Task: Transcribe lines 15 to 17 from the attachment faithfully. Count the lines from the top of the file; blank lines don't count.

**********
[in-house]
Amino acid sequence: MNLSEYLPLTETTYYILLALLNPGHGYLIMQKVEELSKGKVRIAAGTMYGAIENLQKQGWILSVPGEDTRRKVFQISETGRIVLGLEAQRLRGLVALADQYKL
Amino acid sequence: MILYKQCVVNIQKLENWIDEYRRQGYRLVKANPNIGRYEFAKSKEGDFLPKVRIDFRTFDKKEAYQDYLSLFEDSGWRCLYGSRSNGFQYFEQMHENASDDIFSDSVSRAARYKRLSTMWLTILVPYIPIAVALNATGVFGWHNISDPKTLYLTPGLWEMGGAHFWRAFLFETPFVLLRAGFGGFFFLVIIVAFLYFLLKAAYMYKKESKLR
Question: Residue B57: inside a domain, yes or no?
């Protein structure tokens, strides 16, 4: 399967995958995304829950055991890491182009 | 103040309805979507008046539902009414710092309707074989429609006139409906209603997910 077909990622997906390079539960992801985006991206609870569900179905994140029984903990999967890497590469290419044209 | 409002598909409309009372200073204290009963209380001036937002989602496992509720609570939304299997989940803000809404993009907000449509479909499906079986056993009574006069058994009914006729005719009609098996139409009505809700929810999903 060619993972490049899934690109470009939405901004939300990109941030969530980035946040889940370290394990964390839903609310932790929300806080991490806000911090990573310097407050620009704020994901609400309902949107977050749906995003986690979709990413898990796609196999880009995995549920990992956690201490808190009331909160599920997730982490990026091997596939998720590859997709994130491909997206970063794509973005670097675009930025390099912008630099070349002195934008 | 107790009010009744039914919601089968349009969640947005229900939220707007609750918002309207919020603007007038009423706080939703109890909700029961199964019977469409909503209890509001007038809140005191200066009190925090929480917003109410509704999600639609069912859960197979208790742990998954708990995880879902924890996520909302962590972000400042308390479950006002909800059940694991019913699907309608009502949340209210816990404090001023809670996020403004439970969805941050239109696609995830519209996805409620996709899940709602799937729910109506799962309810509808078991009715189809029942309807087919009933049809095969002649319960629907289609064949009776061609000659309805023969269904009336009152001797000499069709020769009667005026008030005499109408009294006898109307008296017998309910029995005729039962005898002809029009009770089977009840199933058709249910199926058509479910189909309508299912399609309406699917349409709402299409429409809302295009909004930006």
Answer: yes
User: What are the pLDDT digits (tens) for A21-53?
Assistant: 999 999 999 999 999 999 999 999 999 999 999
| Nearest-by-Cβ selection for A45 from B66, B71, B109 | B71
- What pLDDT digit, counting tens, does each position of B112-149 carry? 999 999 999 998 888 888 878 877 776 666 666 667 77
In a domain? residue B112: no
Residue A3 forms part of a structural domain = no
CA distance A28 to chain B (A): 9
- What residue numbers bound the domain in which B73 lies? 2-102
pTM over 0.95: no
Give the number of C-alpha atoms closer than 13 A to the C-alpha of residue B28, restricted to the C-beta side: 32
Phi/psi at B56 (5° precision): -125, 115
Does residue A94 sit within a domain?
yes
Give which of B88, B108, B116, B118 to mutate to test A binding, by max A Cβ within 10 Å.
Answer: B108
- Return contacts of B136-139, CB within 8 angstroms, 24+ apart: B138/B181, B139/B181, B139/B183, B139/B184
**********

pTM over 0.95: no
Give the number of C-alpha atoms closer than 13 A to the C-alpha of residue B28, restricted to the C-beta side: 32
Phi/psi at B56 (5° precision): -125, 115